— New Jersey Gov. Chris Christie, who has both joked about his weight and said that it's a real concern, secretly underwent a weight-loss surgery in February that experts say could help him if he gets exercise and watches what he eats.
The father of four agreed to the surgery, in which a band was placed around his stomach to restrict the amount of food he can eat, after turning 50 in September, spokesman Michael Drewniak confirmed to The Associated Press on Tuesday. Christie told The New York Post, which first reported the surgery, that he said he wasn't motivated by thoughts of running for president.
"I've struggled with this issue for 20 years," he told the newspaper. "For me, this is about turning 50 and looking at my children and wanting to be there for them."
Christie has never disclosed his weight, but it's been an issue throughout his political career. Christie said four years ago that then-Gov. Jon Corzine was bringing it up in a campaign commercial that accused Christie of "throwing his weight around" to get out of traffic tickets.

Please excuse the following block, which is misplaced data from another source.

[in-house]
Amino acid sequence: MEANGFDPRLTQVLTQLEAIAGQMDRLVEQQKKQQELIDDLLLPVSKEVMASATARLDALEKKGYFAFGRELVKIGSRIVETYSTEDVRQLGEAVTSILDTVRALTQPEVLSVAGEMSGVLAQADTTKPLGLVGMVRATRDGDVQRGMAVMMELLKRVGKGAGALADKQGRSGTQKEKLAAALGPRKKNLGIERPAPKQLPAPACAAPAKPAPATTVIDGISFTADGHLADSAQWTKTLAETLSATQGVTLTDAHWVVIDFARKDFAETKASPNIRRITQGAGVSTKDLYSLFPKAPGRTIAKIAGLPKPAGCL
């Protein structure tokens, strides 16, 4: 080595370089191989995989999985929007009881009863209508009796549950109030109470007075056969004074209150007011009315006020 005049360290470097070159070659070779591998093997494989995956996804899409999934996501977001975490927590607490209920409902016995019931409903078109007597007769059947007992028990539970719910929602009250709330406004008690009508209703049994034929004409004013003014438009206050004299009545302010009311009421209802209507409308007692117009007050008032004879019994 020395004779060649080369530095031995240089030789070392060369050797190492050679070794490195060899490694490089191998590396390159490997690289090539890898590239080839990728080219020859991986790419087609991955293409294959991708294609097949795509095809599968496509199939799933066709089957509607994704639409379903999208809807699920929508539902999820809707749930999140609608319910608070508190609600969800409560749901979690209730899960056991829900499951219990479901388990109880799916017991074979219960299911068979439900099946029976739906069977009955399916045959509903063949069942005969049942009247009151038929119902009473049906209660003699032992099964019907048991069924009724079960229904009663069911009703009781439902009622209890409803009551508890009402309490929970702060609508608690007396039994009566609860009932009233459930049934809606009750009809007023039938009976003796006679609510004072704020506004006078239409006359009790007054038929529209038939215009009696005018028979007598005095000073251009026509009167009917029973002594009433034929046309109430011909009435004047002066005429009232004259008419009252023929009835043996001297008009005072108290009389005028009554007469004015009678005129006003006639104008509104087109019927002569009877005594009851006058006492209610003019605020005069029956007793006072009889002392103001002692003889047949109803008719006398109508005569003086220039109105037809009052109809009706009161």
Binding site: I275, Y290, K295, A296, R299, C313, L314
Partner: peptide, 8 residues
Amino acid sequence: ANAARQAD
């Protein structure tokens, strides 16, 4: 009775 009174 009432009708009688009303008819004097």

Comics including Jimmy Kimmel and David Letterman also have made fun of it. In interviews with Letterman, Orpah Winfrey, Barbara Walters and others, Christie has both joked about the issue and said solemnly that he's trying to shed pounds.
During a February appearance on "The Late Show with David Letterman," the governor pulled out a doughnut and said his girth was "fair game" for comedians.
Over his appearances the next few days, he was asked repeatedly about his weight. At one point, he said he had a plan for shedding some pounds: "Whether it's successful or not," he said, "you'll all be able to notice."